BREWSTER — This elegant timber frame home, off the beaten path in Brewster, was built in 1997 by its owner, a leading authority in his field. He was awarded Best Craftsman on the Cape by Mid Cape Home Centers in the late 1990s with regards to home interiors, and was chosen to be the timber framing expert for the BBC’s Building the Impossible, seen in the U.S. on The Learning Channel.

Timber frame construction involves large, heavy timbers connected with traditional joinery — the joining of beams without steel reinforcements or nails. Instead, the beams or timbers are cut to have mortises and tenons that fit together like puzzle pieces, with wooden pegs inserted as reinforcements. The practice has been in existence for thousands of years, and timber frame structures have been known to stand the test of time, as the joinery tightens over the years.

This home’s wraparound porch is framed with white oak timbers, and cedar clapboards cover the house. The front door, as well as the others, is hand-crafted. Stepping inside, you breathe in the scents of wood, and you’re in an open space with high ceilings. The timber frame lends itself to an open floor plan, as huge posts and beams surround the periphery. A wood-burning Rumford fireplace heats up not just the living room, but the entire house, and a bonus of timber frame construction is that you can attach rigid insulation, uninterrupted, which produces up to four times more heat than that of normal plywood construction. Likewise, in the summer, the house stays cool.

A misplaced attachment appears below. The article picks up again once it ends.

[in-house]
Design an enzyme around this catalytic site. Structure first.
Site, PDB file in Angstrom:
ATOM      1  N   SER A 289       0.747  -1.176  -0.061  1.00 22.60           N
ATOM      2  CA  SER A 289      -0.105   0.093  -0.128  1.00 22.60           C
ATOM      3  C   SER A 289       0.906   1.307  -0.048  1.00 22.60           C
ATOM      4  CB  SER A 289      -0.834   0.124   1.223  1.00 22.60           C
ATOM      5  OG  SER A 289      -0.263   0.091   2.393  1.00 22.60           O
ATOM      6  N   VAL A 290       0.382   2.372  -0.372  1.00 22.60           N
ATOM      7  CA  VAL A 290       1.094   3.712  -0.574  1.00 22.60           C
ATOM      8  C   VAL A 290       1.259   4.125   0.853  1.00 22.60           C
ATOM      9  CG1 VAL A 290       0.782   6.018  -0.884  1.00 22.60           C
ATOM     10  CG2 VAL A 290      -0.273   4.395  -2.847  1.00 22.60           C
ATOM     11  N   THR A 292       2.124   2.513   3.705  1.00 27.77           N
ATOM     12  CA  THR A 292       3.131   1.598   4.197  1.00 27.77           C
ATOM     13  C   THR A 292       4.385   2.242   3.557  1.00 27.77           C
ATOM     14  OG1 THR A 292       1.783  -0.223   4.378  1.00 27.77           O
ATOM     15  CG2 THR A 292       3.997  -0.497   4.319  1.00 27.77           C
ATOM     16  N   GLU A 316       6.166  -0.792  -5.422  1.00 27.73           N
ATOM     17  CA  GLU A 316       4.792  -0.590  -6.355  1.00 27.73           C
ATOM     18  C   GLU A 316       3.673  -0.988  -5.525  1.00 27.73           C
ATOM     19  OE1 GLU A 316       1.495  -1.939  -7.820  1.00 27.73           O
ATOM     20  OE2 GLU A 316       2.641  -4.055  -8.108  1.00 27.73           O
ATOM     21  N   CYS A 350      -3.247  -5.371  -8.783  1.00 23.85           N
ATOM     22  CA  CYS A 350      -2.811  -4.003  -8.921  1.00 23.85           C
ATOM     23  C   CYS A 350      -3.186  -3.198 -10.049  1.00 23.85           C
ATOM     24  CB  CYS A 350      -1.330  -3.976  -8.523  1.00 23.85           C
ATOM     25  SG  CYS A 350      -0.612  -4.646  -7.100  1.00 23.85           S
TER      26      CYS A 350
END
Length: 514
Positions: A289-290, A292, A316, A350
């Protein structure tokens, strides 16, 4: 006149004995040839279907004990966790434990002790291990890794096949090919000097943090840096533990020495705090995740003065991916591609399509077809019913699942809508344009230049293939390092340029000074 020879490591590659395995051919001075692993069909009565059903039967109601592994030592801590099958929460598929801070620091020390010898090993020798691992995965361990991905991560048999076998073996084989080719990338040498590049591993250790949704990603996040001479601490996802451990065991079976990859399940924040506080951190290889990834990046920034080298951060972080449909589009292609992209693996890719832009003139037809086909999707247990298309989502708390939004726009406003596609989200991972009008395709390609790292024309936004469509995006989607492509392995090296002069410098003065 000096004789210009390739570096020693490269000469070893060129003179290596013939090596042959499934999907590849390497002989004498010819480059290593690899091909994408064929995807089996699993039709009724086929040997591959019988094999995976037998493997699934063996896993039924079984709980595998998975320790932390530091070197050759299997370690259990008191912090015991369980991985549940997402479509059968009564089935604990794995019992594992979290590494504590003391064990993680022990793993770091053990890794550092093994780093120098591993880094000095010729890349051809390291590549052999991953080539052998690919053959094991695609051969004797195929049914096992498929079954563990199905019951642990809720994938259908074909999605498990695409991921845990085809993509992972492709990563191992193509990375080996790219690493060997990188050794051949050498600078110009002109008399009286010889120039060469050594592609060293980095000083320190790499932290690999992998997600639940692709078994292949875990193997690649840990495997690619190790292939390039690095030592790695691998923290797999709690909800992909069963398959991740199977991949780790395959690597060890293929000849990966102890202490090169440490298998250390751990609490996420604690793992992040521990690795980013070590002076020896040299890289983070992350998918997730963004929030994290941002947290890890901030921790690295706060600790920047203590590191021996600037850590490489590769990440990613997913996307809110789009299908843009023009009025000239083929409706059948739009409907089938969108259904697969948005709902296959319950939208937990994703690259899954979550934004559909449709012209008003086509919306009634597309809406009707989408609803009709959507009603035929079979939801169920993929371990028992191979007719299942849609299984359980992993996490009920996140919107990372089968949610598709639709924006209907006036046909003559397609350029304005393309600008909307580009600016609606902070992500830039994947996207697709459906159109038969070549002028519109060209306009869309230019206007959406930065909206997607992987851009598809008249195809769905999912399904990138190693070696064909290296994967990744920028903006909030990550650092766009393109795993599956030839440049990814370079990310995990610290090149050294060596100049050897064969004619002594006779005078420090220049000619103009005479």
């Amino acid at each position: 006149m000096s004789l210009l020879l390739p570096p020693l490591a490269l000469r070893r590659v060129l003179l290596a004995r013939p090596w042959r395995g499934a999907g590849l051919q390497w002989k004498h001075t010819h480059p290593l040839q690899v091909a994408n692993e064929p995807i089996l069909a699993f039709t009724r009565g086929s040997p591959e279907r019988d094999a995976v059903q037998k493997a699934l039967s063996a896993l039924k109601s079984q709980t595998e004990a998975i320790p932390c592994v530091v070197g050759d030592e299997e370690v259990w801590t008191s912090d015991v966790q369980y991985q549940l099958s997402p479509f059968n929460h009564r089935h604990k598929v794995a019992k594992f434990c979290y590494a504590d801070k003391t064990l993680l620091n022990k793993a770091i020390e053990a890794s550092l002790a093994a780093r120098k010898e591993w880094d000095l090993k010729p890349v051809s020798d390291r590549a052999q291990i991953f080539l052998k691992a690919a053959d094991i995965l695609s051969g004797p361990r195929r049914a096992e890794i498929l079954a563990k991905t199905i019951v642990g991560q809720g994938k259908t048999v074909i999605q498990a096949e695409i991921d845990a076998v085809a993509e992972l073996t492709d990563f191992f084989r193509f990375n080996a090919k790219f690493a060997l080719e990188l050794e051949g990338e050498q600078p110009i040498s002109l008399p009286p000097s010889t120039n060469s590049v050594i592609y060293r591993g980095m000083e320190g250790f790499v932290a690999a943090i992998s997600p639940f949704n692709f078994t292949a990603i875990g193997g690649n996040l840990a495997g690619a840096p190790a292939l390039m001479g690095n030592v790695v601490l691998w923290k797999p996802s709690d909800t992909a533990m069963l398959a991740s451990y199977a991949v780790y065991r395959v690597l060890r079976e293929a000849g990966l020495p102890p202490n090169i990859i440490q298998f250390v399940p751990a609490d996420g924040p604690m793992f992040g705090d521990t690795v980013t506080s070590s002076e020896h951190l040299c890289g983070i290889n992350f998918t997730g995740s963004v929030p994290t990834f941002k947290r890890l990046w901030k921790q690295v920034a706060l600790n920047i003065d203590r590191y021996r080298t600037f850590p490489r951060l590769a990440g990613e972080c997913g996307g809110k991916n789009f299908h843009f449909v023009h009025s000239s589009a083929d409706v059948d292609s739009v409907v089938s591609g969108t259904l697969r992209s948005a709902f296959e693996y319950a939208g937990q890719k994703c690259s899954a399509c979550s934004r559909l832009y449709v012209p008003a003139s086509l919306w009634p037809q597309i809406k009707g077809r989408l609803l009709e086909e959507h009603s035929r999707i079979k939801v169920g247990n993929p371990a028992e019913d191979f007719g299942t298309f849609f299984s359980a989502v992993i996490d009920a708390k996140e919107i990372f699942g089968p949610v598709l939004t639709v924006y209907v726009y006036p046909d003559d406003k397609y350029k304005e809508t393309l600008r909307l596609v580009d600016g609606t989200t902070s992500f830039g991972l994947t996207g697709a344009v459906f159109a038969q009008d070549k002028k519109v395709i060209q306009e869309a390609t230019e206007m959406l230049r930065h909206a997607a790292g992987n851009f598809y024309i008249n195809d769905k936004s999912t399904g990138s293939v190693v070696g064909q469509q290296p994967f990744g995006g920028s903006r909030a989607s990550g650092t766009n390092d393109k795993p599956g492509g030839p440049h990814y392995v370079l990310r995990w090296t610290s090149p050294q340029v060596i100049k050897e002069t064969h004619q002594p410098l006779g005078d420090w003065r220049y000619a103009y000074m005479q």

Some fine points of this home are that the main posts and beams come from a small family-owned mill in southern Maine; the main level has pine and cherry ceilings; and all interior surfaces are hand-planed, oiled and rubbed. The home is a work of art. Fine craftsmanship continues as you climb the stairs, with solid, 4-inch thick maple stair treads; antique old-growth Douglas fir newel posts on the main stair; and self-supporting timbers up to the third floor. The master suite has a unique loft with generous skylights and a huge window looking out to the back, which has huge potential, with a garden and an in-ground pool. Arched anchor beams made from curved birch trees frame the space over the stairs, lending themselves to the rustic feel and the timber frame experience.